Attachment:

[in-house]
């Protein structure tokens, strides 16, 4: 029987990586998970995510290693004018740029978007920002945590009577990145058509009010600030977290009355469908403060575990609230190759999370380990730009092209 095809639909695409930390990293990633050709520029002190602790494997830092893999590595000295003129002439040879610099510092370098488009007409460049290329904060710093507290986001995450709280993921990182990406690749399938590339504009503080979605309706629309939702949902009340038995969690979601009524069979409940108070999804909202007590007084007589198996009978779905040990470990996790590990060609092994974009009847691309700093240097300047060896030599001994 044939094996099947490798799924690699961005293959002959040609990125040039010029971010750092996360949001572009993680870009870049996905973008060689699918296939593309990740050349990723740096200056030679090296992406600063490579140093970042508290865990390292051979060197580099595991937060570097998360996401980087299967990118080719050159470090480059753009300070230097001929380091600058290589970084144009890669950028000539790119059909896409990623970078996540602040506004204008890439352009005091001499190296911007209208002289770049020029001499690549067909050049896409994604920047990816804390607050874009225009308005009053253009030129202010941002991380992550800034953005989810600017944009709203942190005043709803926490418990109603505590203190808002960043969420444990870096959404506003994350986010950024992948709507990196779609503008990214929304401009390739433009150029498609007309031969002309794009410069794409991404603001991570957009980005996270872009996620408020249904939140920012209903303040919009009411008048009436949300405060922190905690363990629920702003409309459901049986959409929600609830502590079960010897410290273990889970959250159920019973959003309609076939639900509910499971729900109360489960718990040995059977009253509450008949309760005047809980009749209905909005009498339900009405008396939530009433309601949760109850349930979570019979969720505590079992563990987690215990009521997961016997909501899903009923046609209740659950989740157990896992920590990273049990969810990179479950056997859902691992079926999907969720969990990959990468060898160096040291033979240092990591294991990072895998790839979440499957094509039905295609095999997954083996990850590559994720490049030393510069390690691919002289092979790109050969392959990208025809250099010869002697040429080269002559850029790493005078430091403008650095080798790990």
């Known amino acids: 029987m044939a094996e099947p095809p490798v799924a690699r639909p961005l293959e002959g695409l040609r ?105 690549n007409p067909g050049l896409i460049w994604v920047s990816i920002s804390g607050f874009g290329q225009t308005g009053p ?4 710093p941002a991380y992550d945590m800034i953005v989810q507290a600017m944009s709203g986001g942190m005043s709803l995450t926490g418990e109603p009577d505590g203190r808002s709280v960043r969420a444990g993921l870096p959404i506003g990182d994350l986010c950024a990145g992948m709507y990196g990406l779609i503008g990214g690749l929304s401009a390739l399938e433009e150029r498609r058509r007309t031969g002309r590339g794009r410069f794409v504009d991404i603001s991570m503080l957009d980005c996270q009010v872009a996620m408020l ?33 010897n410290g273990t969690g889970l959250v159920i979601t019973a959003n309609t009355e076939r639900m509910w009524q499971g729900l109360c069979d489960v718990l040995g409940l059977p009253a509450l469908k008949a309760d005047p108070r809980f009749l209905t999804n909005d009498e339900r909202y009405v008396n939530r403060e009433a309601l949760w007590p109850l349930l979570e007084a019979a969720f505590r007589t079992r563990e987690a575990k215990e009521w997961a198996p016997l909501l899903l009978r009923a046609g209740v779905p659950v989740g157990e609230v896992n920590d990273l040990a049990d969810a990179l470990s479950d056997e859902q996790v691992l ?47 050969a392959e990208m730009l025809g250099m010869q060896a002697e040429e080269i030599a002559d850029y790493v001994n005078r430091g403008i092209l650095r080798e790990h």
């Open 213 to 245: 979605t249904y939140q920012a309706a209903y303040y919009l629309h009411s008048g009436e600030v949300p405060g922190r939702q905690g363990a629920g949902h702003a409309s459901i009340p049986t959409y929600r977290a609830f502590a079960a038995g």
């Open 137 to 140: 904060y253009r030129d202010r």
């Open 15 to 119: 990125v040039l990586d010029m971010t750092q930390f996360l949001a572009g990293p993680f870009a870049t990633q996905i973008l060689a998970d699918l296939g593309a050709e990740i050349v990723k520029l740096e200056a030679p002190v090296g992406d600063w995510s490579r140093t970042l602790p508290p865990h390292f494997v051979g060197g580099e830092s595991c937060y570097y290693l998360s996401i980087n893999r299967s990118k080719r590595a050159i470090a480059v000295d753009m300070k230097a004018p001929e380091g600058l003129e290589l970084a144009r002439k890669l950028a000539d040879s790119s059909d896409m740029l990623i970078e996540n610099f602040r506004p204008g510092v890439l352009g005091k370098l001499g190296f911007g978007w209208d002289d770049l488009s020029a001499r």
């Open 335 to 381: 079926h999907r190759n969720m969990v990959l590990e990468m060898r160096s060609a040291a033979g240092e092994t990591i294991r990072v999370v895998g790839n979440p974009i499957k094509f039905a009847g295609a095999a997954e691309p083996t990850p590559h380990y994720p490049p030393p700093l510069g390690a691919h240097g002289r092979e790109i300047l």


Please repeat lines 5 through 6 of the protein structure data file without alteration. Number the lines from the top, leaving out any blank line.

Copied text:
């Open 137 to 140: 904060y253009r030129d202010r």
């Open 15 to 119: 990125v040039l990586d010029m971010t750092q930390f996360l949001a572009g990293p993680f870009a870049t990633q996905i973008l060689a998970d699918l296939g593309a050709e990740i050349v990723k520029l740096e200056a030679p002190v090296g992406d600063w995510s490579r140093t970042l602790p508290p865990h390292f494997v051979g060197g580099e830092s595991c937060y570097y290693l998360s996401i980087n893999r299967s990118k080719r590595a050159i470090a480059v000295d753009m300070k230097a004018p001929e380091g600058l003129e290589l970084a144009r002439k890669l950028a000539d040879s790119s059909d896409m740029l990623i970078e996540n610099f602040r506004p204008g510092v890439l352009g005091k370098l001499g190296f911007g978007w209208d002289d770049l488009s020029a001499r």